Hello, American Historical Association: My Name Is The Tenured Radical And I Am Here To Recruit You

So today I am home from the American Historical Association Annual Meeting, and instead of re-reading job candidate files, I am thinking about transgender activist Sylvia Rae Rivera, who is pictured on the left (as she always was.) I am thinking about San Francisco organizer Harvey Milk, pictured below, the first openly gay man to be elected to public office and the person from whom I have ripped off my title. As those who have seen the new Gus Van Sant movie Milk or read Randy Shilts’s book The Mayor of Castro Street know, the signature opening line of Harvey’s political speeches played on the stereotype of predatory criminal queers obsessed with “recruiting” the young into their “lifestyle.” He would hop up on whatever platform was available and screech, “My name is Harvey Milk, and I am here to recruit you!”

Thanks to a commenter, one of my first reads today (after the New York Times

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May 16, 2008, 1:37 pm

A Queer Day in History: The Radical Celebrates Her Birthday By Revealing A Variety of Well-Known and Little-Known Facts About May 16

It is no coincidence that we wake up this morning and find that gay men and lesbians in the state of California have, once again, been permitted to marry legally, this time via a split decision of the California Supreme Court. This is an historic event that bitter, angry people at the grassroots in this odd western state hope to reverse by referendum, against mounting evidence that conservative heterosexuals in the United States care more about global warming, health insurance, the price of gasoline, and the failed war in Iraq than they care about Adam and Steve registering at “Tar-jay.” One referendum activist I saw on the news last night was predicting that this movement would doom Obama in California, as conservative voters flooded to the polls to save the family.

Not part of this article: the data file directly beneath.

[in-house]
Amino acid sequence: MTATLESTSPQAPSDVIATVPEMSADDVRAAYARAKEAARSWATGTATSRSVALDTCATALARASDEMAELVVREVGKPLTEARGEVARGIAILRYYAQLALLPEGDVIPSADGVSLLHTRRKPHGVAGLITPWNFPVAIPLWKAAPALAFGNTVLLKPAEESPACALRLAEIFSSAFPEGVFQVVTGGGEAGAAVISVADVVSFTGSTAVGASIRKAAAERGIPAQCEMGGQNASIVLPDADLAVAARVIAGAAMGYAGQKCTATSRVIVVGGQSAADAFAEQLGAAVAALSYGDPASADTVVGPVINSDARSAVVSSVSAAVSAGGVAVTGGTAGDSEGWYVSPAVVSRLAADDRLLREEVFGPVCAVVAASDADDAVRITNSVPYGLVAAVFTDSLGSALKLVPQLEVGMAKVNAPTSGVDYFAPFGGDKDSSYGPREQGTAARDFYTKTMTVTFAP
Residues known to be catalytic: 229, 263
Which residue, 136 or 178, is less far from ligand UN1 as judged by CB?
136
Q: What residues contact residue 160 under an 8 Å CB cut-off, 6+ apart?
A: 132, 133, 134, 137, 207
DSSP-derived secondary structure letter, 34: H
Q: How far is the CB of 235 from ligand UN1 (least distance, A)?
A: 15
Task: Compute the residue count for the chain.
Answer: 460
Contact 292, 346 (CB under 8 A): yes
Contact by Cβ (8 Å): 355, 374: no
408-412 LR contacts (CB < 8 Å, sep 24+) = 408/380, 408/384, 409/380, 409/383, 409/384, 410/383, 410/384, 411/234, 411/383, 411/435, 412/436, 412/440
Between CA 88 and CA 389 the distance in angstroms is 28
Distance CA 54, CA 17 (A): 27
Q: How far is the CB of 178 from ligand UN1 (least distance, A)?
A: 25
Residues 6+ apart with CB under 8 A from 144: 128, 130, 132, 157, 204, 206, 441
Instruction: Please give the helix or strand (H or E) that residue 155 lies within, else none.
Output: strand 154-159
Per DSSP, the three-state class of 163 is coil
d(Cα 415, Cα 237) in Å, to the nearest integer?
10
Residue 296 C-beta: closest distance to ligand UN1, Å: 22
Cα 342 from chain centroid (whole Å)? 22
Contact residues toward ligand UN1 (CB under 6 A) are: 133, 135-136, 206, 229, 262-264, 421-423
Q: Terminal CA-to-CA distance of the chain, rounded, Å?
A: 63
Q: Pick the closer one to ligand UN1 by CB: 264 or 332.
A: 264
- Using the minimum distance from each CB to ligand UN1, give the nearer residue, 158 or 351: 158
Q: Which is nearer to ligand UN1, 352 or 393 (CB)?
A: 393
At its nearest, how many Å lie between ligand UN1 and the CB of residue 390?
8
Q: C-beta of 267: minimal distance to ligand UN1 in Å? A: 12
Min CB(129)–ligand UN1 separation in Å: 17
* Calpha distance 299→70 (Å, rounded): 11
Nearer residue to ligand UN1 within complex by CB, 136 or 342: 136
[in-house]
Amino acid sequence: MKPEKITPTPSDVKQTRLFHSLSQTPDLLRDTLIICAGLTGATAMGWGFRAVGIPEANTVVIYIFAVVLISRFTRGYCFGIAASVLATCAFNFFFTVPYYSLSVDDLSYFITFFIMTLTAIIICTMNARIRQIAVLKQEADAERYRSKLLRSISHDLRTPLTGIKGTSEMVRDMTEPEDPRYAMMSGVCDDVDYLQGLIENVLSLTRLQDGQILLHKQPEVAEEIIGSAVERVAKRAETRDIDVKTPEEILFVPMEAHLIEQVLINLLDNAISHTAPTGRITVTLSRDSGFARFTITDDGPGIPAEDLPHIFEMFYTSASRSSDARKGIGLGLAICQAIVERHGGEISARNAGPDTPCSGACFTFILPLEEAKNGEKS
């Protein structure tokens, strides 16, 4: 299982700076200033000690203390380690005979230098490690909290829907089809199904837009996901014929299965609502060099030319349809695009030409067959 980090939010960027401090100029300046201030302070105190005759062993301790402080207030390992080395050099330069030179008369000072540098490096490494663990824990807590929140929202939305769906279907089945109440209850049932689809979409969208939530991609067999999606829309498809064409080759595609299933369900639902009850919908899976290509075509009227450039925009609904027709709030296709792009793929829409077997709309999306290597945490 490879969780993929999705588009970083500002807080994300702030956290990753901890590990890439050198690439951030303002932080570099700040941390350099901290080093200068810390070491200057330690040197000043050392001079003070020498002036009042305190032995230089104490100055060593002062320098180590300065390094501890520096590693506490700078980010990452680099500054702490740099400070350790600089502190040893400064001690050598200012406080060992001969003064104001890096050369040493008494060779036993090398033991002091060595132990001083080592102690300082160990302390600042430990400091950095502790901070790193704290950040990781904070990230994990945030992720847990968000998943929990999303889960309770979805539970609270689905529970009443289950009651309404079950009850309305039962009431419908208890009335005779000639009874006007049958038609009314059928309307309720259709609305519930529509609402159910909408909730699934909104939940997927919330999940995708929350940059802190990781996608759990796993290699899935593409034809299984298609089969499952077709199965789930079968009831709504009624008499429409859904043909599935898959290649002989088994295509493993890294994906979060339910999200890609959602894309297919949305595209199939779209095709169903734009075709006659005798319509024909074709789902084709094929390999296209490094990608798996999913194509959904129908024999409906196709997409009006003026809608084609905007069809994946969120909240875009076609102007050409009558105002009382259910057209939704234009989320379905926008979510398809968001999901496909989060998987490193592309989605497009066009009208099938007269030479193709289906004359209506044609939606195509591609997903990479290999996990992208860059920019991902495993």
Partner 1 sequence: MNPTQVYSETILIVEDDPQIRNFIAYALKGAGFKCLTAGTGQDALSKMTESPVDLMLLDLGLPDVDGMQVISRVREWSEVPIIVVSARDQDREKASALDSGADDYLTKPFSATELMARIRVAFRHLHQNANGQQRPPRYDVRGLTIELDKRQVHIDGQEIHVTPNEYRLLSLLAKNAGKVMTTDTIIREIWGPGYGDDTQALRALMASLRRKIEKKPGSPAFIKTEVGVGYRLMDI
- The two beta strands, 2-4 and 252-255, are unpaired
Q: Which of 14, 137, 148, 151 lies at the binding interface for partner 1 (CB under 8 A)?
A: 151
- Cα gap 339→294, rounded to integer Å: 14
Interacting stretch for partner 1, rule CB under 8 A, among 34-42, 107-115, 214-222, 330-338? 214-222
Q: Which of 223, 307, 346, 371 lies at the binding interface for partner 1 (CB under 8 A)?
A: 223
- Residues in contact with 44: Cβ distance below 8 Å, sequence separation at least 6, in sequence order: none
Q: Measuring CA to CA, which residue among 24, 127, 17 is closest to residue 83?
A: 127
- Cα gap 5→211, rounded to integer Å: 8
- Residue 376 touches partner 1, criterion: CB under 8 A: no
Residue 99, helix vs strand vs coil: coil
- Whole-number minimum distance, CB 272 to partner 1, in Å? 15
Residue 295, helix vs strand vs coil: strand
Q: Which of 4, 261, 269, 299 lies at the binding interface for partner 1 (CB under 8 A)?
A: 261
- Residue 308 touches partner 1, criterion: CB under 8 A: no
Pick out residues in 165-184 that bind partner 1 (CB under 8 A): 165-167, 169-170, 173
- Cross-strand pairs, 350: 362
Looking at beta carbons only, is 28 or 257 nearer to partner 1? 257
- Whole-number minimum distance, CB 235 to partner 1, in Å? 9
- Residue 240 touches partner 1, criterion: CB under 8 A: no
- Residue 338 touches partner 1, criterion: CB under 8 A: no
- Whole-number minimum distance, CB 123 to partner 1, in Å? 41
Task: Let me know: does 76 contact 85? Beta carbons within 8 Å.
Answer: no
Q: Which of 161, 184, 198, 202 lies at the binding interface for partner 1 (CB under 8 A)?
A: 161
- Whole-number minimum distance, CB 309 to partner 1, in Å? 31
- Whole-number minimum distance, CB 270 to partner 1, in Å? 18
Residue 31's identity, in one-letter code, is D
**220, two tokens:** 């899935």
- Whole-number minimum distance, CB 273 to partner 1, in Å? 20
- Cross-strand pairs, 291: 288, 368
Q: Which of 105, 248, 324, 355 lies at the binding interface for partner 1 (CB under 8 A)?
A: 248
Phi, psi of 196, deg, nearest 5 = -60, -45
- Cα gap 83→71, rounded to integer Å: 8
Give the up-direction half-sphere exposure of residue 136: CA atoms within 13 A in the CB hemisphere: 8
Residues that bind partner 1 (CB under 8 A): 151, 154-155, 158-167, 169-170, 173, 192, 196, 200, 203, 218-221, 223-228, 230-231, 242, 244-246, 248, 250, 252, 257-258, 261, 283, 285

Mary, please.

It is, however, a fact that May 16 is a truly magical day in the year for queer folk. For example, half a…

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December 8, 2007, 5:11 pm

In Case You’ve Ever Wondered: the Radical Testifies on Gay Marriage

I wrote this essay back in September, at the request of the Zenith student newspaper, which had posed the question of whether I thought gay marriage would ever be legal. Since I am trying to fulfill several long standing writing commitments this weekend, I offer you this turgid little polemic, only slightly edited, in place of a new post. It will, in fact, be new to you — unless you are a member of the Zenith community; or my attorney, who is working on the gay marriage legislation in our state; or one of the many queer intellectuals who have written about marriage and whose thoughts I have inevitably learned from/cribbed from here.

It also seems like a timely essay to re-print, given yesterday’s decision by the Rhode Island State Supreme Court that Margaret Chambers and Cassandra Ormiston, having married in Fall River, Massachusetts, may not divorce in Rhode Island, where they live …